Tuesday, August 9, 2022

Amazon wants to map your home, so bought it iRobot

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Shreya Christinahttps://cafe-madrid.com
Shreya has been with cafe-madrid.com for 3 years, writing copy for client websites, blog posts, EDMs and other mediums to engage readers and encourage action. By collaborating with clients, our SEO manager and the wider cafe-madrid.com team, Shreya seeks to understand an audience before creating memorable, persuasive copy.

When I spoke to Colin Angle of iRobot earlier this summer, he said that iRobot OS — the latest software operating system for its robot vacuums and mops — would give its household bots a deeper understanding of your home and your habits. This takes on a whole new meaning with the news that Amazon has bought iRobot for $1.7 billion.

From a smart home perspective, it seems clear that Amazon wants iRobot for the maps it generates to give it an in-depth understanding of our homes. The vacuum company has detailed knowledge of our floor plans and, crucially, how they change. It knows where your kitchen is, what your kids’ rooms are, where your couch is (and how new it is), and if you’ve recently turned the guest bedroom into a kid’s room.

This kind of data is digital gold for a company whose primary goal is to sell you more stuff. While I’m interested in seeing how Amazon can use iRobot’s technology to advance its smart home ambitions, many are right about the privacy implications. People want home automation to work better, but they don’t want to give up the intimate details of their lives for more convenience.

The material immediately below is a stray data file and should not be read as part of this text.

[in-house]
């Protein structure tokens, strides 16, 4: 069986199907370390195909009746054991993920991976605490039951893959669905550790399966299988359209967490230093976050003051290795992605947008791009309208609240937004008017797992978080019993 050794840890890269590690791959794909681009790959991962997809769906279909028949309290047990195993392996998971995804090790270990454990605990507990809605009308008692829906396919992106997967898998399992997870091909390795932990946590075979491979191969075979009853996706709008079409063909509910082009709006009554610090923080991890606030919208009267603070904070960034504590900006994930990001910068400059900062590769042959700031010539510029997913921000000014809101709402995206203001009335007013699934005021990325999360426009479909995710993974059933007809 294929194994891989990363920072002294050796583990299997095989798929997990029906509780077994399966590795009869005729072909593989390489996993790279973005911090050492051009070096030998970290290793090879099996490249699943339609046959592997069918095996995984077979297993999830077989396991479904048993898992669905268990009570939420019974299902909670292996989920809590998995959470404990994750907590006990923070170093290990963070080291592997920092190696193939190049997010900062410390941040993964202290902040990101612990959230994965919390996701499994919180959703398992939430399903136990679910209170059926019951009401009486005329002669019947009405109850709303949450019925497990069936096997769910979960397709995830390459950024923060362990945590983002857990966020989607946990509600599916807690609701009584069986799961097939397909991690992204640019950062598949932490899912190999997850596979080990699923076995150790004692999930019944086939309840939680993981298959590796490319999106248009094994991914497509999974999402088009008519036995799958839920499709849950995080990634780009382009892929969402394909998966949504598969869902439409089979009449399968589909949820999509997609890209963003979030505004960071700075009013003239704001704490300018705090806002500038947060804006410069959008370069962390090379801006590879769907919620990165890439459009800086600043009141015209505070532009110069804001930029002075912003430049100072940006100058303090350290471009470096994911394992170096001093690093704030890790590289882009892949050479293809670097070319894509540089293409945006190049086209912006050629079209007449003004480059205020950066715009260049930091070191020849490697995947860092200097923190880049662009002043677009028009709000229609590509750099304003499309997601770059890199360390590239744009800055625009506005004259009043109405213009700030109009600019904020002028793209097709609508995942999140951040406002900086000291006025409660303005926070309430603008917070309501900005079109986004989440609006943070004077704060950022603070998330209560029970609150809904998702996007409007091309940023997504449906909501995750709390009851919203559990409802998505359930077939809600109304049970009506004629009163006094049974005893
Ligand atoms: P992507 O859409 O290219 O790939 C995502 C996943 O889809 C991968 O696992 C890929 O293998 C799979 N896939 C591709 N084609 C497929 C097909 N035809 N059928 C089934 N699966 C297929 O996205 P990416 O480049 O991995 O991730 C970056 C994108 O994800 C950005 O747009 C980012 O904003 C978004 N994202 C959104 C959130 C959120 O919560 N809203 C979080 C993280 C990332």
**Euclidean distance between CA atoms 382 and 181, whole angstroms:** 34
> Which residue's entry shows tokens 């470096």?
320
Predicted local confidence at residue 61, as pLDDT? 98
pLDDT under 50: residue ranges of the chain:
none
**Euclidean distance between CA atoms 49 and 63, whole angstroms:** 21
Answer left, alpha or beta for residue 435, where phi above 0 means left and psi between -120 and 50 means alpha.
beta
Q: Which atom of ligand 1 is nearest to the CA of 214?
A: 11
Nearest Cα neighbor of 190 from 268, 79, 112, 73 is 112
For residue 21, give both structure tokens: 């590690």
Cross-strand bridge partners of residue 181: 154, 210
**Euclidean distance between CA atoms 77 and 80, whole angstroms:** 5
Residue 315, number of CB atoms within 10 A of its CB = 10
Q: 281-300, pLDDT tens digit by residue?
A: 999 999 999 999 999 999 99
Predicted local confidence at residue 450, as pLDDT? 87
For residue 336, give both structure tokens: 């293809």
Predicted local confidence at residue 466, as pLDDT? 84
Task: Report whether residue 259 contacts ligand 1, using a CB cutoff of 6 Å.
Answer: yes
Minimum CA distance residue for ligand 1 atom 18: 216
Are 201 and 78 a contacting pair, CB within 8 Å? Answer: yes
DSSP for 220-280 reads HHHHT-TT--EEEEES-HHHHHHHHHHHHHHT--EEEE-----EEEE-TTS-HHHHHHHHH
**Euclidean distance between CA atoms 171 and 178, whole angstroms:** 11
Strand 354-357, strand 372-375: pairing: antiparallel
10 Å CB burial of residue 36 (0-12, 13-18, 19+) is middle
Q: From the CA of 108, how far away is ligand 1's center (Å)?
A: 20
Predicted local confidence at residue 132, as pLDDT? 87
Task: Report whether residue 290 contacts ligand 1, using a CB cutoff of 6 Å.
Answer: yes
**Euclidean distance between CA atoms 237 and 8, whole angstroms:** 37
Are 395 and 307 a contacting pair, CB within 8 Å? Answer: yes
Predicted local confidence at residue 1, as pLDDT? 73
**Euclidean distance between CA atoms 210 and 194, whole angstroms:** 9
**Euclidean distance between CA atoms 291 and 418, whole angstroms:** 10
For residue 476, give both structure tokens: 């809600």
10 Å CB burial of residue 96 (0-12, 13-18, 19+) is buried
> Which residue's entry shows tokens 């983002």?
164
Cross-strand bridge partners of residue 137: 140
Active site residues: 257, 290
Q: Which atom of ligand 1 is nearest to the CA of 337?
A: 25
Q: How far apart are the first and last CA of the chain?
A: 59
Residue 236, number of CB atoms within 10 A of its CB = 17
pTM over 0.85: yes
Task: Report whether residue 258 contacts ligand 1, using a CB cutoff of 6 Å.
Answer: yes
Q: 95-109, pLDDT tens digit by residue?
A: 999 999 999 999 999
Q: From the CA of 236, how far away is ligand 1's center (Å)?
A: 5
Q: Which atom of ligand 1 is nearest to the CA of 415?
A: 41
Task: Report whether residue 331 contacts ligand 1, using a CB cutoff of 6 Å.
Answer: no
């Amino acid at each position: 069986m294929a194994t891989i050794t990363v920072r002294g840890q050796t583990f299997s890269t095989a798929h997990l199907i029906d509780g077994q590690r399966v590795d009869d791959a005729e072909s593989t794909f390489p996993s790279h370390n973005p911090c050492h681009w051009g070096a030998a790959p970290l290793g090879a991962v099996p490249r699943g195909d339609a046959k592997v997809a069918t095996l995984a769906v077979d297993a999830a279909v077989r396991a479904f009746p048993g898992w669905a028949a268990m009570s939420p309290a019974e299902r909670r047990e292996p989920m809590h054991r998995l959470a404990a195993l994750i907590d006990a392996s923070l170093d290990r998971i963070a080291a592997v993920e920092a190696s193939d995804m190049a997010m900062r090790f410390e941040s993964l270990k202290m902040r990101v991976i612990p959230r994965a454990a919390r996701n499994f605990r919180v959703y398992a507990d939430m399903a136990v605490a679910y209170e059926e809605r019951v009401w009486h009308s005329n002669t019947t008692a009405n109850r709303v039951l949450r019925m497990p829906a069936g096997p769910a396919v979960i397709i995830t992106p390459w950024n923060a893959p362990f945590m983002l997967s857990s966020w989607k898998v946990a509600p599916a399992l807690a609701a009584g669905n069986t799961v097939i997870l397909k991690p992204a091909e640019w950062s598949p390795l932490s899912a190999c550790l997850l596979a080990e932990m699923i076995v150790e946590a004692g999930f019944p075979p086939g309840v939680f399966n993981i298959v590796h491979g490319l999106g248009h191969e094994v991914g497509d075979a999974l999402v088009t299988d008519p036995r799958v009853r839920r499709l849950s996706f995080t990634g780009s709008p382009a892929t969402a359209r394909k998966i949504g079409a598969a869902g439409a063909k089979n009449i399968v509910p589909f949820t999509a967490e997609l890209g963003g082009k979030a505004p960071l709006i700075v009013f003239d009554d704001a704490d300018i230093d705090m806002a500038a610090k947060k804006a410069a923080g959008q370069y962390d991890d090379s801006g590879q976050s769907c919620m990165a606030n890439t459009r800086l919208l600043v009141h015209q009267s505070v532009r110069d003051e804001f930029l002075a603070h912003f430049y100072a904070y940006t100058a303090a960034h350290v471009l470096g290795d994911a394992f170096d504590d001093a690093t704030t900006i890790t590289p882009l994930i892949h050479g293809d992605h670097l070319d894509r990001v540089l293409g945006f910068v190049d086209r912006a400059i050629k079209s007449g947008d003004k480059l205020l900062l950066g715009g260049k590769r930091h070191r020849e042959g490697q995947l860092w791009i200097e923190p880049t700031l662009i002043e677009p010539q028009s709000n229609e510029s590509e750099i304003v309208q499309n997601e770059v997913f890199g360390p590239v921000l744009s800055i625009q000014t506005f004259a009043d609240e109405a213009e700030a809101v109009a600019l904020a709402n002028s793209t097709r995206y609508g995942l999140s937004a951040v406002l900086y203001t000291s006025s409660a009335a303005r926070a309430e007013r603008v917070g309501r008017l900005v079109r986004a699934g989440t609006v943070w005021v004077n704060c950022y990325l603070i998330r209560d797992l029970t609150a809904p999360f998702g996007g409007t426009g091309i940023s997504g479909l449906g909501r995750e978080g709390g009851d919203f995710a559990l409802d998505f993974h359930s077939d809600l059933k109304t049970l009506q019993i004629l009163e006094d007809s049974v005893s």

This is a mystery in the tech world, but in our home it’s much more personal. Amazon’s history of sharing data with law enforcement through subsidiary Ring, combined with its “always listening (before the wake word)” Echo smart speakers and now its intimate knowledge of your floor plan, give it a pretty complete picture of your day-to-day life.

The Roomba j7 has a front-facing, AI-powered camera that can identify objects in your home.

Each of iRobot’s connected Roomba vacuums and mops drives through homes several times a week, mapping and reallocating the spaces. On its latest model, the j7, iRobot has added a front-facing, AI-powered camera that, according to Angle, has detected more than 43 million objects in people’s homes. Other models have a low-resolution camera that points to the ceiling for navigation.

All this makes it likely that this purchase isn’t about robotics; if that was what Amazon wanted, it would have bought iRobot years ago. Instead, it probably picked up the company (for a relative bargain – iRobot just reported a 30 percent drop in sales in the face of increasing competition) to get a detailed look at our homes. Why? Because knowing your floor plan provides context. And in the smart home in which Amazon plays a major role, context is king.